By Asma Khalid*
The Trajectory of Non- Proliferation regime is most likely to be determined in forthcoming (27th) plenary session of NSG.
The nuclear cartel of 48-member states deals with the export of nuclear material and nuclear related technology. According to the NSG guidelines, membership of group requires that states should be a member of the Non-Proliferation Treaty to get the membership of group. Both India and Pakistan are aspirants to NSG membership. The membership application of India and Pakistan, debated over inclusion of Non-NPT, has been intensified.
The support of of the major powers by providing a waiver by US, India’s intensive diplomatic efforts and introduction of the discriminatory Grossi formula to support the Indian bid for NSG membership has shaken the India-Pakistan’s bilateral dialogue on nuclear matters and such discriminatory approach has undermined the spirit of global Non-Proliferation regime.
Despite presenting a discriminatory proposal on December 6, 2016, the support of the major powers and China’s demand for an unbiased non-discriminatory approach, India’s inclusion in NSG has reached a critical stage. In this regard the question arises that what will be the prospects for the Pakistan and India candidacies in the forthcoming NSG-plenary meeting? And what are the policy options for Pakistan to promote its stance to counter the resistance on gaining the NSG-membership.
Both India and Pakistan are determined to get the membership of NSG for three significant reasons: economic, political and strategic. Membership in NSG is a top priority of India as it will enhance that country’s prestige in global affairs, as well as allowing India to actively play its role in the international arena for the export and import of nuclear related technology. On the other side, NSG membership will ensure economic, political and technological benefits for Pakistan.
Secondly, providing any special exemption fromthe NSG principle to India and ignoring Pakistan’s bid will disturb the strategic balance in South Asia. Due to these multiple dimensions both Non-NPT states are making rigorous efforts to obtain membership in the nuclear cartel.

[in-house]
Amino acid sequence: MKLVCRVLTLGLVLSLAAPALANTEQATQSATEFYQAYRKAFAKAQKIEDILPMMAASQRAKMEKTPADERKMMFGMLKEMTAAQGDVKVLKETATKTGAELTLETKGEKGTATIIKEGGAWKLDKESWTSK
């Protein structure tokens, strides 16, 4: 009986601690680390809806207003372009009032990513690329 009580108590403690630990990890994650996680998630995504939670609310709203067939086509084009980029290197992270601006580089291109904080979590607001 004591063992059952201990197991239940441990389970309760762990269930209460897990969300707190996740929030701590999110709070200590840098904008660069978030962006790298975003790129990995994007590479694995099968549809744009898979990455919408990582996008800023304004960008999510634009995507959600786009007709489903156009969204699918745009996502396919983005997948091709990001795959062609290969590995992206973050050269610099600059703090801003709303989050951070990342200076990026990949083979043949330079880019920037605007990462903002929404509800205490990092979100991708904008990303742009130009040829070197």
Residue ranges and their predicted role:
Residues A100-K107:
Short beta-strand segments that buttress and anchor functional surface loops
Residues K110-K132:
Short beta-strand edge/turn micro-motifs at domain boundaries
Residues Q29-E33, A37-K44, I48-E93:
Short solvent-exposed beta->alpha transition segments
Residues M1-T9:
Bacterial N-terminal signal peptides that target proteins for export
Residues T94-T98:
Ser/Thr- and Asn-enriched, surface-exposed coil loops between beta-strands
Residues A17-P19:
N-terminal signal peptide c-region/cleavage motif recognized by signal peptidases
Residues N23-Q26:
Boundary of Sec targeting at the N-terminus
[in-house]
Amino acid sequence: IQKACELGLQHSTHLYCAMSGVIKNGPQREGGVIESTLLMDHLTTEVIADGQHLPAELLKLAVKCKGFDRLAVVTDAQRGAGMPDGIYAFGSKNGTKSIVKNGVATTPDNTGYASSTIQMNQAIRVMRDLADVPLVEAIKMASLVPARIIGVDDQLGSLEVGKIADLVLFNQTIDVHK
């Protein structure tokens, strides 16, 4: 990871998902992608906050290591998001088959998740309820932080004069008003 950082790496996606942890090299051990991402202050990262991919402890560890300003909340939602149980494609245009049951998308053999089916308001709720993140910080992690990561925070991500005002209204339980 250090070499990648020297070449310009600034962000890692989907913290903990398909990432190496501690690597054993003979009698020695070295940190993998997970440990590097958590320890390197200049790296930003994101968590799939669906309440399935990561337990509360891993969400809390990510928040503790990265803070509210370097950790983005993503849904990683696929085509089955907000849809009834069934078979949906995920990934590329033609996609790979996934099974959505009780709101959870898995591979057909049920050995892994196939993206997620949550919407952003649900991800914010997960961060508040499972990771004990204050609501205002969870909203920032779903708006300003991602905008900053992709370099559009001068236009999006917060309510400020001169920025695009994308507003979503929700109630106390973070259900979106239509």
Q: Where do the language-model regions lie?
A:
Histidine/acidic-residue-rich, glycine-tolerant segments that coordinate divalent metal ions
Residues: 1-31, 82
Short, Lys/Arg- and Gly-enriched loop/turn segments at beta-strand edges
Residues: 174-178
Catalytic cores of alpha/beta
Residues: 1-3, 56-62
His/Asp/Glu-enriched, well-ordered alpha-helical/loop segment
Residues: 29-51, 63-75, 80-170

Trends have revealed that both India and Pakistan will face resistance in gaining NSG membership in the 27th plenary meeting. This is because, the NSG works on a consensus and member states have remained dividend on the matter of NSG membership. It has remained divided on the US and Chinese positions, despite India’s extensive lobbying with the countries since last meeting of NSG.
Notwithstanding the proactive lobby, India has failed to win Chain’s support for NSG membership as China is sticking to its stance and demand for a non-discriminatory criteria-based approach.
On the other side, the US claims that India is a like-minded country that deserves to be included in the group just to serve its own defence and strategic objectives. So despite the US backing and Indian proactive diplomatic efforts, global politics and recent developments have indicated that India may not receive a special benefit against the mandate and the spirit of NSG in forthcoming plenary.
This will be another setback for India, as such obtaining the membership of group will be a difficult task for both India, as well as Pakistan. It is also perceived that the US and India will increase their efforts to convince member states, including China ,without considering the impact of such policies for region and global efforts of Non-proliferation.
Subsequently, the significance of the forthcoming plenary for Pakistan cannot be ignored and it is imperative that it should not give up its quest for membership. Despite China’s official stance of support for Pakistan’s candidature, it is important for Pakistan to maintain its resilience and sustainability in its strategy regarding membership in the nuclear cartel.
For this purpose policy options for Pakistan includes:
- First, economic engagement and a need to project itself as a great economic incentive for other states.
- Second, Pakistan needs to adopt more a proactive foreign policy and diplomacy to cater the support for Pakistan’s bid in nuclear group.
Although debate over membership of Non-NPT states has reached a critical stage despite improved nuclear credentials, Pakistan is facing a discriminatory attitude and a country-specific approach has been followed by the US to support India. Nevertheless, Pakistan should not give up its efforts and need sto constantly move towards its ambitions. Such a strategy will send the message to the international community that Pakistan is not in hurry, it is working and has maintained a balanced pace to gain recognition as a responsible member of the nuclear cartel.
*Asma Khalid, Writer is Research Associate at Strategic Vision Institute (SVI) Islamabad. [email protected]
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